An Examination of Rating Agencies’ Actions Around The Investment-Grade Boundary
By: Richard Johnson, Research Division, Federal Reserve Bank Of Kansas City |
Direct excerpts and conclusions:
Overall, it is robustly the case that S&P’s re-grades moved in the direction of EJR’s earlier ratings. It appears more likely that this result reflects systematic differences between the two firms rating policies than a small number of lucky guesses by EJR.
A comparison between S&P’s and EJR’s ratings shows that, conditional on S&P’s upgrading or downgrading a firm,its new grade was correlated with the grade EJR had awarded at least ten weeks earlier. This suggests that S&P defines its ratings more widely in terms of default probabilities than EJR.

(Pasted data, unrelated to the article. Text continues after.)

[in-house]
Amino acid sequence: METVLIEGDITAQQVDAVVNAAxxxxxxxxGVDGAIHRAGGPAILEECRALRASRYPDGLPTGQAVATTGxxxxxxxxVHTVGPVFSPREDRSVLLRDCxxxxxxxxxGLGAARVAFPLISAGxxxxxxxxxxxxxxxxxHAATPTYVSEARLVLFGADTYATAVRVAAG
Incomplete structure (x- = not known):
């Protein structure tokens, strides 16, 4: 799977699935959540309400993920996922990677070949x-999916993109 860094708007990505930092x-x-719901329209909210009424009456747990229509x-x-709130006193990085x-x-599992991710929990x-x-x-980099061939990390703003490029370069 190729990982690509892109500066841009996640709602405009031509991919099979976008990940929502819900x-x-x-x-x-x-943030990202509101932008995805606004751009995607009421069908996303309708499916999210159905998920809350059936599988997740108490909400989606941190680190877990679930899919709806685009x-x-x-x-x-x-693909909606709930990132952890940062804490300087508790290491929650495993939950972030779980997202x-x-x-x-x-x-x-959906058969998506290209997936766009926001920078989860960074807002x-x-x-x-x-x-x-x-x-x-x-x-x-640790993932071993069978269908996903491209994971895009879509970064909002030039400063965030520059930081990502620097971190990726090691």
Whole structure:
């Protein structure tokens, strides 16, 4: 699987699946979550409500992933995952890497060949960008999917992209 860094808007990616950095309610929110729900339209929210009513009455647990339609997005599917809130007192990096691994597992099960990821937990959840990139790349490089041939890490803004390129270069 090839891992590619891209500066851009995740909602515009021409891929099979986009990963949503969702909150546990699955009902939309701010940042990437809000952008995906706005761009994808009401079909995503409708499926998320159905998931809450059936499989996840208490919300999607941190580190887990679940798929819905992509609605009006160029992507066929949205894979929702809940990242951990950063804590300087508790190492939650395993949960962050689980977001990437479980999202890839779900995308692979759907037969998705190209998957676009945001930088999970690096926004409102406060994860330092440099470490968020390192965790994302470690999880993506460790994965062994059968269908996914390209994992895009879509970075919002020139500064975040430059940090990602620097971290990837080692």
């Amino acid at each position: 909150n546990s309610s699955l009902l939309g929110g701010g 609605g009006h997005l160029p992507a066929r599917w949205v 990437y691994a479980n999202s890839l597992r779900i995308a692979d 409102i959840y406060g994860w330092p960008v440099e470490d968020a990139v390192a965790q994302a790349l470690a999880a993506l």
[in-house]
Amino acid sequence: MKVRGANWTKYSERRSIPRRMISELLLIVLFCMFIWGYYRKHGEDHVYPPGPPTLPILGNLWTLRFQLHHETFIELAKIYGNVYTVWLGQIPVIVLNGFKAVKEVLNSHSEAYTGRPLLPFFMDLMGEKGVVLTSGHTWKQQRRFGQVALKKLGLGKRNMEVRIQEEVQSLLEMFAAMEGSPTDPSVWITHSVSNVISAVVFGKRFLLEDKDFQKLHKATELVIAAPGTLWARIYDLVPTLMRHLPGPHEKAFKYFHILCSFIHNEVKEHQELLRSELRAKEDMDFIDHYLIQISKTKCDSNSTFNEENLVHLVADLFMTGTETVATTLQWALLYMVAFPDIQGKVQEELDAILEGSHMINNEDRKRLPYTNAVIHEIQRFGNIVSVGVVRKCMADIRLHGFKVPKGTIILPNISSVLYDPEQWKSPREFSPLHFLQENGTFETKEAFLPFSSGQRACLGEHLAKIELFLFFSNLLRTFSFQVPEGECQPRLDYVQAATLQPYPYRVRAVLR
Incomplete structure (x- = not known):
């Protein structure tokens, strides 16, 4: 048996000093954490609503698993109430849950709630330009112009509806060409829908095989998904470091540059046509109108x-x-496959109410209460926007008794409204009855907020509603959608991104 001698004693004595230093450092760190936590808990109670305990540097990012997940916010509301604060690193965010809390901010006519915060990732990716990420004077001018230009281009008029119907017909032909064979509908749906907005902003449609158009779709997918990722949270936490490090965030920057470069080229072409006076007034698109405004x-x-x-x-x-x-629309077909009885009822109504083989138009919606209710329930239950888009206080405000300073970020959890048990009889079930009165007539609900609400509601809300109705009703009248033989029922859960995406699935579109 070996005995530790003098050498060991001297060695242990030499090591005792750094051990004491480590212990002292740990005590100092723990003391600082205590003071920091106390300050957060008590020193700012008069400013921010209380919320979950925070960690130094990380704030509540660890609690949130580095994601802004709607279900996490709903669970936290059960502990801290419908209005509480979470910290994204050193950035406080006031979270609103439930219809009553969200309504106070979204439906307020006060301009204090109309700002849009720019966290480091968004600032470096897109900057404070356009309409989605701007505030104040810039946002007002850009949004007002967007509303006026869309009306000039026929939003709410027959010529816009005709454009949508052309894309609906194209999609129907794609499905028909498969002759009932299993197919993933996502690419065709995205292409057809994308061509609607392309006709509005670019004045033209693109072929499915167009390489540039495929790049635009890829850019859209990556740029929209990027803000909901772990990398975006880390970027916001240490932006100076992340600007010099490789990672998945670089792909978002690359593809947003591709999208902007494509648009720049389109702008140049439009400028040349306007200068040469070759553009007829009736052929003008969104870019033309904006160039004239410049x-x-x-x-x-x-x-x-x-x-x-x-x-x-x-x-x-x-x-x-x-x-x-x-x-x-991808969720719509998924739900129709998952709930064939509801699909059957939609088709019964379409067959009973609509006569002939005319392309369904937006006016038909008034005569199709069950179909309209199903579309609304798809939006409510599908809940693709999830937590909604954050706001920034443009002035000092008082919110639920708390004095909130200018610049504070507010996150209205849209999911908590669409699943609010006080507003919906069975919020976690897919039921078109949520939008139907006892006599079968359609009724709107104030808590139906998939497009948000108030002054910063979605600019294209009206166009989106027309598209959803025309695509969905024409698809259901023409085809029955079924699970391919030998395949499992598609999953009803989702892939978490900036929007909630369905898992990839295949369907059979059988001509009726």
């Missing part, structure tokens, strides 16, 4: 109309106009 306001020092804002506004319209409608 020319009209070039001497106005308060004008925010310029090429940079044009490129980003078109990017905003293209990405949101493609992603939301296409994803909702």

It also suggests that S&P’s large downgrades do not occur immediately after negative surprises to firms, but rather after a steady accumulation of bad news which EJR’s ratings previously reflected.
S&P ratings converge toward Egan-Jones Ratings.